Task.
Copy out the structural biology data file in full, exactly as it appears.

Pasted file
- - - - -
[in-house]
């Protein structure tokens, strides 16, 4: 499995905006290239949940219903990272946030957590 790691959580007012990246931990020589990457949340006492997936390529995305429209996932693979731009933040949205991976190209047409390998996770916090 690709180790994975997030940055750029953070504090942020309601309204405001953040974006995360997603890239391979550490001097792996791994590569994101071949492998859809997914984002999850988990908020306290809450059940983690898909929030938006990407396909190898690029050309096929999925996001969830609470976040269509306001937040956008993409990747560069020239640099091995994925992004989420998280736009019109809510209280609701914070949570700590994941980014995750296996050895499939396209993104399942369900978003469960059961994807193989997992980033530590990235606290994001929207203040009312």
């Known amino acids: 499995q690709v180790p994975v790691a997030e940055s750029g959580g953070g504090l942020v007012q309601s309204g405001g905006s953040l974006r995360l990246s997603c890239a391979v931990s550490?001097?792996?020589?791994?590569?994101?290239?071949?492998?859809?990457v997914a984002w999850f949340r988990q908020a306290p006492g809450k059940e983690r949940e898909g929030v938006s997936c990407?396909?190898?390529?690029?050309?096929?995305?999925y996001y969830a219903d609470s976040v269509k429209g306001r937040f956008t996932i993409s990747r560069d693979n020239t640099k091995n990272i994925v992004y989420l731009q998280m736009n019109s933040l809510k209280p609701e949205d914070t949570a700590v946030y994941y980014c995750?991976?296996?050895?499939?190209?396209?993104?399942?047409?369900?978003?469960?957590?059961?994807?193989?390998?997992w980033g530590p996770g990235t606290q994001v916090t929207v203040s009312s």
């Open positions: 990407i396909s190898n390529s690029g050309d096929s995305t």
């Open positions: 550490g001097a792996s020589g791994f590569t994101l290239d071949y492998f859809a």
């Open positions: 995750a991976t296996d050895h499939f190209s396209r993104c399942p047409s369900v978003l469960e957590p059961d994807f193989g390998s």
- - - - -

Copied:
[in-house]
């Protein structure tokens, strides 16, 4: 499995905006290239949940219903990272946030957590 790691959580007012990246931990020589990457949340006492997936390529995305429209996932693979731009933040949205991976190209047409390998996770916090 690709180790994975997030940055750029953070504090942020309601309204405001953040974006995360997603890239391979550490001097792996791994590569994101071949492998859809997914984002999850988990908020306290809450059940983690898909929030938006990407396909190898690029050309096929999925996001969830609470976040269509306001937040956008993409990747560069020239640099091995994925992004989420998280736009019109809510209280609701914070949570700590994941980014995750296996050895499939396209993104399942369900978003469960059961994807193989997992980033530590990235606290994001929207203040009312």
């Known amino acids: 499995q690709v180790p994975v790691a997030e940055s750029g959580g953070g504090l942020v007012q309601s309204g405001g905006s953040l974006r995360l990246s997603c890239a391979v931990s550490?001097?792996?020589?791994?590569?994101?290239?071949?492998?859809?990457v997914a984002w999850f949340r988990q908020a306290p006492g809450k059940e983690r949940e898909g929030v938006s997936c990407?396909?190898?390529?690029?050309?096929?995305?999925y996001y969830a219903d609470s976040v269509k429209g306001r937040f956008t996932i993409s990747r560069d693979n020239t640099k091995n990272i994925v992004y989420l731009q998280m736009n019109s933040l809510k209280p609701e949205d914070t949570a700590v946030y994941y980014c995750?991976?296996?050895?499939?190209?396209?993104?399942?047409?369900?978003?469960?957590?059961?994807?193989?390998?997992w980033g530590p996770g990235t606290q994001v916090t929207v203040s009312s």
């Open positions: 990407i396909s190898n390529s690029g050309d096929s995305t």
């Open positions: 550490g001097a792996s020589g791994f590569t994101l290239d071949y492998f859809a």
């Open positions: 995750a991976t296996d050895h499939f190209s396209r993104c399942p047409s369900v978003l469960e957590p059961d994807f193989g390998s």